Are terrorists beyond redemption?
The record shows that some radicals can be persuaded to give up the gun when inducements and local conditions are right. The Pentagon recently spent $4.5 million to find out more.
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Yet today, the Egyptian branches of both organizations have renounced violence. And in Dr. Ashour's eyes, the Islamic Group has undergone an "ideological deradicalization," the abandonment of violence not just for practical reasons, but a rejection of its acceptability.Skip to next paragraph
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What happened? In the mid-1990s, the group waged low-level warfare against the Egyptian state, with hundreds dead on both sides and eventually more than 30,000 alleged militants and supporters in indefinite government detention. Militant leaders were growing older and increasingly worn out inside prisons, and their families on the outside were suffering. The group's leaders in prison began to make overtures to the government.
QUIZ: How well do you know Middle East geographyThen, in 1997, militants associated with the Islamic Group carried out a massacre: Armed with guns, they hunted down busloads of tourists at Hatshepsut's Temple near Luxor in upper Egypt, murdering four Egyptians and 58 foreigners. The attack horrified Egypt as well as many of the group's senior leaders, and led to an even harsher crackdown. By the early years of the last decade, the group's imprisoned ideologues were publishing books from prison and even running a website denouncing terror tactics as illegitimate within Islam, an effort that trickled down to the rank and file.
"Everything changed after Luxor," Montasser El-Zayat, a lawyer and former militant who served jail time, told the Monitor in 2004. "A new thinking came about that such attacks were not only counterproductive but wrong."
Ashour recounts talking to a former jailed militant a decade ago who said the shift of the leadership was crucial in changing rank-and-file attitudes. While Al Azhar, an Islamic university associated with the Egyptian state, had been telling militants that violence was "un-Islamic" for years, its claims weren't heeded.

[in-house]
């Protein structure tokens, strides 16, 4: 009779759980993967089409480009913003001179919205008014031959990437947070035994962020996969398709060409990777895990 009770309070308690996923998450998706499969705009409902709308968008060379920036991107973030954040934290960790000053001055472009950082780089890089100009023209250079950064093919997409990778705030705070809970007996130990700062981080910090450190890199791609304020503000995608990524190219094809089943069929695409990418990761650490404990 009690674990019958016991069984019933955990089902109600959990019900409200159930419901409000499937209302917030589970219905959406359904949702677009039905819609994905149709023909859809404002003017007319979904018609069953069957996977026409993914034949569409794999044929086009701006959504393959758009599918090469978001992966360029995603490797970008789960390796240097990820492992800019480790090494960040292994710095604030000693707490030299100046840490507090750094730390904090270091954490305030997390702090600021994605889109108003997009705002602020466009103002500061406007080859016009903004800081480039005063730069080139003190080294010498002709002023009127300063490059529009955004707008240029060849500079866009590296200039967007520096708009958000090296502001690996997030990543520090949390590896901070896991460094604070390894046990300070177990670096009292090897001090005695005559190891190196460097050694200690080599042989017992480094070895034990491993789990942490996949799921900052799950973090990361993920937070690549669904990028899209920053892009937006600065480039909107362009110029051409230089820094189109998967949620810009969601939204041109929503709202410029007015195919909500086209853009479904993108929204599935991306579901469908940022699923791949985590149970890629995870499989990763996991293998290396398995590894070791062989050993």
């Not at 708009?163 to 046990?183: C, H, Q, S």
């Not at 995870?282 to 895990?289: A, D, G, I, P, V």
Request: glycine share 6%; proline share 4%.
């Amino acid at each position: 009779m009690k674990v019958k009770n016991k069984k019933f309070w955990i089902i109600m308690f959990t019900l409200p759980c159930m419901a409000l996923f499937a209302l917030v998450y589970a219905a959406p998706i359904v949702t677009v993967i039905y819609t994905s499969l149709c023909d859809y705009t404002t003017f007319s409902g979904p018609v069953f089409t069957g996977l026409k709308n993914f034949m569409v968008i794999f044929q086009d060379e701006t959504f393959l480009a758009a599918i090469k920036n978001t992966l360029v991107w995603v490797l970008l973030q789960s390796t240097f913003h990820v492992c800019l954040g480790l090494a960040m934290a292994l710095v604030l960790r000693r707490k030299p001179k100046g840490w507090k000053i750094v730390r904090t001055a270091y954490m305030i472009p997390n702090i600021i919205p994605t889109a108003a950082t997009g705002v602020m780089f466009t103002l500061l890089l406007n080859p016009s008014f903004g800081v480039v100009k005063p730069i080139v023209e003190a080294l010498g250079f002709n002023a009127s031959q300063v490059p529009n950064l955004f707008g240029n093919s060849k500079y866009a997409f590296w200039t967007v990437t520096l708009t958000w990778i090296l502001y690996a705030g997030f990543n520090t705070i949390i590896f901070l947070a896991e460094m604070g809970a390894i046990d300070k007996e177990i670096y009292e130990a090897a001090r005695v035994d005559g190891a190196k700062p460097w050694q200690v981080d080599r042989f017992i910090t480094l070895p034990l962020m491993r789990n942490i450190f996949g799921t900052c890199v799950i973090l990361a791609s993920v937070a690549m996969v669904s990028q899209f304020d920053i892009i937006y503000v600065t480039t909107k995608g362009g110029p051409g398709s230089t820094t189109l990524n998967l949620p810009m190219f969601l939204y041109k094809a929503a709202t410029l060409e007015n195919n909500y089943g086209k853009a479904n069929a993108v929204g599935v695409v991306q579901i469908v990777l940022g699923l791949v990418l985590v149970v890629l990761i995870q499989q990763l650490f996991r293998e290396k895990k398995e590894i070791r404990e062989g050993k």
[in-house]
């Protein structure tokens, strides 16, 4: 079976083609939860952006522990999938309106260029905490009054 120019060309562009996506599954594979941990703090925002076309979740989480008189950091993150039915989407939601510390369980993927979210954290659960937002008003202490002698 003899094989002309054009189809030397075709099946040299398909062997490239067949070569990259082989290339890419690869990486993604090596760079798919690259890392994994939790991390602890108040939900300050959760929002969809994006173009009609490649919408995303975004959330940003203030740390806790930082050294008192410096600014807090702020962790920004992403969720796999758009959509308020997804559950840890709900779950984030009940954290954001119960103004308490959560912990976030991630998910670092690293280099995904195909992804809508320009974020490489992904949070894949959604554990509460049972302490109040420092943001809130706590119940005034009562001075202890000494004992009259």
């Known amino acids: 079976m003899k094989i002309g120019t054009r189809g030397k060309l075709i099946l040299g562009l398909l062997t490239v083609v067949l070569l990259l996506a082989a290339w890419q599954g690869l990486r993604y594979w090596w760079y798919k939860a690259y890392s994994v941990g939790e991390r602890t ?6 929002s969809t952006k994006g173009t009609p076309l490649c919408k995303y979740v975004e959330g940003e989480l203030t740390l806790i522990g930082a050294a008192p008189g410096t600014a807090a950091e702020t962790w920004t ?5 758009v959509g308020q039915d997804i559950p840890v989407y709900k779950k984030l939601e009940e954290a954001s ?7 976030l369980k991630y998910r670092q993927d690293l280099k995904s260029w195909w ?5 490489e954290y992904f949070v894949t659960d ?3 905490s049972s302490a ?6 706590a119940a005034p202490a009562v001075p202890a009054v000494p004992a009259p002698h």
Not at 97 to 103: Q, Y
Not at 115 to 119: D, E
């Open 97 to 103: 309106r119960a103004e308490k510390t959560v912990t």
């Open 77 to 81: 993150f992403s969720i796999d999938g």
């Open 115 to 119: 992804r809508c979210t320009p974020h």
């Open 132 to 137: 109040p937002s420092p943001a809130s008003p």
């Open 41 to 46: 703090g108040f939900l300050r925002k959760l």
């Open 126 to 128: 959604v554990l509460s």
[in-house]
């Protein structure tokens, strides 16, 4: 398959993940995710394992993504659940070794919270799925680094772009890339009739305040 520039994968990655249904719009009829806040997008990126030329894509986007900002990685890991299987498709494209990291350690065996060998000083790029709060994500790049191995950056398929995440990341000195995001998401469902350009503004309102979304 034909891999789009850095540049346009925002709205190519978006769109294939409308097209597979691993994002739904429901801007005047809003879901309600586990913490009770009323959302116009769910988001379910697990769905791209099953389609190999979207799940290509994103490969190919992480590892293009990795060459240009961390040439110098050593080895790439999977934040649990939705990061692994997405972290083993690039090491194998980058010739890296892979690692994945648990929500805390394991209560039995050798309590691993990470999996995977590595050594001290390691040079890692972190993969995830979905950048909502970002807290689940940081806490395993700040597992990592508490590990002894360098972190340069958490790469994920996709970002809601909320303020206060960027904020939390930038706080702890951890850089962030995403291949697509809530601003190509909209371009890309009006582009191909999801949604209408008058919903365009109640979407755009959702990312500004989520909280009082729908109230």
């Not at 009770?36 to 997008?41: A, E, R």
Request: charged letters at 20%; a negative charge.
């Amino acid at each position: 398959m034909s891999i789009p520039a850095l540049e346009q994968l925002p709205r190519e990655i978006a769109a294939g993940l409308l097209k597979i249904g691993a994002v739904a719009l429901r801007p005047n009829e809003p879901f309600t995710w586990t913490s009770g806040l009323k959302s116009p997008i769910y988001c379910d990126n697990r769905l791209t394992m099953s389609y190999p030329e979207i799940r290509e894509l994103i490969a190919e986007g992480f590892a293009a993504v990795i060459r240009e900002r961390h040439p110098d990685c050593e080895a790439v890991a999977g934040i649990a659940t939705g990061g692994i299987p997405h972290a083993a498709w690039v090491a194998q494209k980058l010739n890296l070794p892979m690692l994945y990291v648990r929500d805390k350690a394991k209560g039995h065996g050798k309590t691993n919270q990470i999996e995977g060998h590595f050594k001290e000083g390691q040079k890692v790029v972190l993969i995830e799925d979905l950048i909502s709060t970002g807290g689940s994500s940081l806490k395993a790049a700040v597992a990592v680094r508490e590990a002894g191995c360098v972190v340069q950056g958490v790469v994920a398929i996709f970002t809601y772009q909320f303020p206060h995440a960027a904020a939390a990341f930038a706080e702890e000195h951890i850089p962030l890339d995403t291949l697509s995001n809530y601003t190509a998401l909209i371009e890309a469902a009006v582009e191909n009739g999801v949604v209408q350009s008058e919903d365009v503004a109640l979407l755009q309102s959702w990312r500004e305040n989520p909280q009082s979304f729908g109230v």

"He told me, 'the message can be very strong, but the messenger is more important. That's when ... the rank and file will listen,' " says Ashour. "This message just isn't the same as when it's from charismatic leadership."
Also crucial was the government's easing back on repression in response to deals being made. Sometimes, not much more is required in terms of additional resources, as radicals often are seeking a way back into society. As Mr. Kruglanski puts it, "the life of a terrorist is not exactly a cakewalk – and after a while they get tired of it."
Talk alone is insufficient, Kruglanski says. "In that sense, the Saudi program makes a lot of sense," he says. "An organization that takes care of the family of the detainees is important."
But while the well-resourced Saudi program is one thing , sometimes all that's required is to make sure militants get a job and find a place in society, "not necessarily providing anything extra," says Kruglanski.
Today in Egypt, Salafis are competing in elections, something they would have scorned less than a decade ago. The Islamic Group is among them, taking 13 seats in the new parliament. The name of its new organization? The Building and Development Party.
They still have what most in the West would consider regressive views about the role of women and minorities in society, and still desire to replace civil law with their own Islamic code. But if solutions to violent radicalism are being sought, there is clearly a way forward.